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Bozeman, Montana

Stockyard finding ways to make it in competitive market 
By Ron Tschida of The Bozeman Daily Chronicle

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January 9, 2003

Pens at the stockyard on the city's northeast corner were bulging Monday with cattle trucked in from as far away as Havre.

By the end of the day, 2,660 cattle had tramped through the auction ring.

That's not a record -- the Bozeman Livestock Sales Company has had single day sales of more than 3,500 head.

But Jim Bowles, the market's general manager, said a recent upturn in fat cattle prices and cattle futures -- contracted prices on later sales -- brought buyers to the sale with a bit more optimism.

"That puts quite a different light on it," Bowles said.

In an ever more competitive cattle market, it sometimes takes an extra effort to make a profit. In the case of the stockyard, the once-a-year Hereford market is evidence of that effort.

The Hereford sale in recent years has become an early-January tradition in Bozeman, said Dale Venhuizen of Churchill, whose Churchill Cattle Company sells purebred Hereford bulls.

"It's maybe the most successful Hereford feeder cattle sale in Montana," Venhuizen said. "Each year we're drawing more animals to the sale from a farther area."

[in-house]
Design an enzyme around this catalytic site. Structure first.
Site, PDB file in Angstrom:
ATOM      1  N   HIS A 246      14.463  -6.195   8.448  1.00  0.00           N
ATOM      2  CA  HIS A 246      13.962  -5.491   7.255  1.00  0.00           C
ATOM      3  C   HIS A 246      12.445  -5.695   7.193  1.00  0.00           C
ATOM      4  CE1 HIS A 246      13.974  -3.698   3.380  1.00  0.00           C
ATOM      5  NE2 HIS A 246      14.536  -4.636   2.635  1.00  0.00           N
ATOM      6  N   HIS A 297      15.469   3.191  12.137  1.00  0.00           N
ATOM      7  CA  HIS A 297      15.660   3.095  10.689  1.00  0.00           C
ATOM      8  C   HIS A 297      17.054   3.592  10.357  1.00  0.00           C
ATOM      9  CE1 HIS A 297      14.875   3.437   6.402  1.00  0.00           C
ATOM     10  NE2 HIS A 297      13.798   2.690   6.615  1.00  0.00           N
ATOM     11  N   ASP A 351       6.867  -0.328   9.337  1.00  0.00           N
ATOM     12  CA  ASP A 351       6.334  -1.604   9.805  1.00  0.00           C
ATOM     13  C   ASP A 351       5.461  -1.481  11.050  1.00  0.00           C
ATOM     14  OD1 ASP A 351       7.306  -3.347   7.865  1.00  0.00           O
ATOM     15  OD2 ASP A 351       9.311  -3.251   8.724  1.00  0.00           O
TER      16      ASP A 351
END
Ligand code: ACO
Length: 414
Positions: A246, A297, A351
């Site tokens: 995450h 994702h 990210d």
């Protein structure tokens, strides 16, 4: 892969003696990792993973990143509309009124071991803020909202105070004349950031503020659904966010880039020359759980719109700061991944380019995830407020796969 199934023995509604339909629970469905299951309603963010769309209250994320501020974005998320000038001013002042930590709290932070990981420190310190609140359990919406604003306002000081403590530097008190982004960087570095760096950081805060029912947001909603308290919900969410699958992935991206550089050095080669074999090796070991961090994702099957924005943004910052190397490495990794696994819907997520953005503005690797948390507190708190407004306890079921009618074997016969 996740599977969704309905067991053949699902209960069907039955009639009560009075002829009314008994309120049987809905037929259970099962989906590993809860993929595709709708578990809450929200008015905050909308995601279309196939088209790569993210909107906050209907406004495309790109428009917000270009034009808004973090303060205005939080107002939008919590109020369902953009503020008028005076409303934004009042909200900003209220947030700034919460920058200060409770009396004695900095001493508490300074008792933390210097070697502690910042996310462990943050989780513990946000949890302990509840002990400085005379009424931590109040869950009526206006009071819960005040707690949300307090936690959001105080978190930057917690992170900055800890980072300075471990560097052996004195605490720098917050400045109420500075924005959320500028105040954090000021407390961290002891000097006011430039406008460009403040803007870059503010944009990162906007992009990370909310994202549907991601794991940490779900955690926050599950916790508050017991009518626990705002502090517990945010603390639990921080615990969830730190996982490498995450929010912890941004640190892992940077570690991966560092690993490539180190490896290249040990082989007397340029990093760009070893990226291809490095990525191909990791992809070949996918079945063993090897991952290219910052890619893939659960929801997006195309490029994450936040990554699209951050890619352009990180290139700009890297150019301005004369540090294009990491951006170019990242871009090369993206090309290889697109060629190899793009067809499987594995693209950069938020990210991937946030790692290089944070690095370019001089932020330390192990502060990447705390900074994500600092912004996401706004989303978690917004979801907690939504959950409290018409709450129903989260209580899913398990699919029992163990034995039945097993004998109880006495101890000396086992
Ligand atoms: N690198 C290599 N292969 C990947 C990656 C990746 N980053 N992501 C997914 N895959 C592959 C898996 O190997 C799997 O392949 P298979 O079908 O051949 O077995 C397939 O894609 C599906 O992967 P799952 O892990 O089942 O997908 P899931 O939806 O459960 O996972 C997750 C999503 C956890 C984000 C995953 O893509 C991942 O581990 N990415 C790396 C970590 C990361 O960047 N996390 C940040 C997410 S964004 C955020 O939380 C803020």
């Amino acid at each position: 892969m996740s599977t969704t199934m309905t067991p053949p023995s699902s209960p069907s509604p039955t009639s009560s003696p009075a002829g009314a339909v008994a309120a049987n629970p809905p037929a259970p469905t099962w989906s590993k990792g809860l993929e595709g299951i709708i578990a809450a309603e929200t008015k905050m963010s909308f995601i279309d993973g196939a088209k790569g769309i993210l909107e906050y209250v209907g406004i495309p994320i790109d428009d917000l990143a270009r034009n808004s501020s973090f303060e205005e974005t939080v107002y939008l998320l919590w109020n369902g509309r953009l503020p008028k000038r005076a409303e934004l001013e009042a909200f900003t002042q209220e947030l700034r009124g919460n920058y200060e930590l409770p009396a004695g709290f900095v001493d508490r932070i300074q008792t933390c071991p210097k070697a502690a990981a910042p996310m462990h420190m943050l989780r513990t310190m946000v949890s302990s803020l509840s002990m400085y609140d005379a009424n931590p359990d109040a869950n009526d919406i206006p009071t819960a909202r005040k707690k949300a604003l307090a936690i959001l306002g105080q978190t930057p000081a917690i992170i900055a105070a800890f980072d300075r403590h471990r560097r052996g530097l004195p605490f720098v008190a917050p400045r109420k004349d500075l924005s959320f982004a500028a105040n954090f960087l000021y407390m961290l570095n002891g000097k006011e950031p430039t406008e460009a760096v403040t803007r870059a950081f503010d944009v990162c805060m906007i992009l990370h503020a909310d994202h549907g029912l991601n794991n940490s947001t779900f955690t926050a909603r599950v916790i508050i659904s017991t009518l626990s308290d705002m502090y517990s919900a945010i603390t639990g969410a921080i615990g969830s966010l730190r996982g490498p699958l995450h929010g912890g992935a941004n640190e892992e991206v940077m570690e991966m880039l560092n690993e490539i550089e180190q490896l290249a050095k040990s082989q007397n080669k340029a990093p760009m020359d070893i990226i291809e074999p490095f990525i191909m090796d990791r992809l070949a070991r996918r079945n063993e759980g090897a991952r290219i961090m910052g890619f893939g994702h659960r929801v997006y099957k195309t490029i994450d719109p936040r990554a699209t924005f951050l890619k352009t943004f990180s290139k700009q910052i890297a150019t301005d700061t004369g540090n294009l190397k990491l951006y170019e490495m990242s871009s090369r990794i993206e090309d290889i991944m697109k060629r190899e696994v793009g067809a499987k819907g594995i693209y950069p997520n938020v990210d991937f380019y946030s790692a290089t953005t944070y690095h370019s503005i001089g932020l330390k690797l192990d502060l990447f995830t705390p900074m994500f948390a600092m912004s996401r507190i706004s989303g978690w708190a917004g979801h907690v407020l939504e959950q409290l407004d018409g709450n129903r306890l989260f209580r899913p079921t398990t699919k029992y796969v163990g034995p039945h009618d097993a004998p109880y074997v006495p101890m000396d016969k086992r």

The cattle are sold by auction. Hereford and Hereford-cross calves of about 600 pounds brought $76 to $89 per hundredweight.

"It was a good solid sale," said Venhuizen, who helped sponsor the sale this week. "I think the cattle pretty much brought what they were worth."

Ranchers who buy Venhuizen's Hereford bulls breed those bulls with their cows and sell the calves at markets such as Bozeman Livestock. Buyers are typically feed lot operators in Colorado, Nebraska and elsewhere.

Venhuizen started promoting the annual sale here as a way to help bull-buyers get better prices for their calves.

"We think we have better-than-average genetics," Venhuizen said.

But he has to make sure sellers and buyers know about the sale and know about growers' success with progeny from Churchill Cattle Company.

That's where the extra effort comes in.

To a degree he's helping create a branded, rather than generic, product. If that brings even a penny or two a pound more for calves, it can mean the difference between profit and loss for some operators.

"If they can be successful, consequently we can be successful," Venhuizen said. "In a nationwide market, like our beef industry is, we can't control what the market is here, so what we have to do is add value to the cattle."

One buyer from Nebraska came prepared Monday to buy up to three semitrailer loads of calves, Venhuizen said. But the market was actually just a little too strong and the buyer left empty handed.

Copyright Ron Tschida and The Bozeman Daily Chronicle, reproduced by permission.



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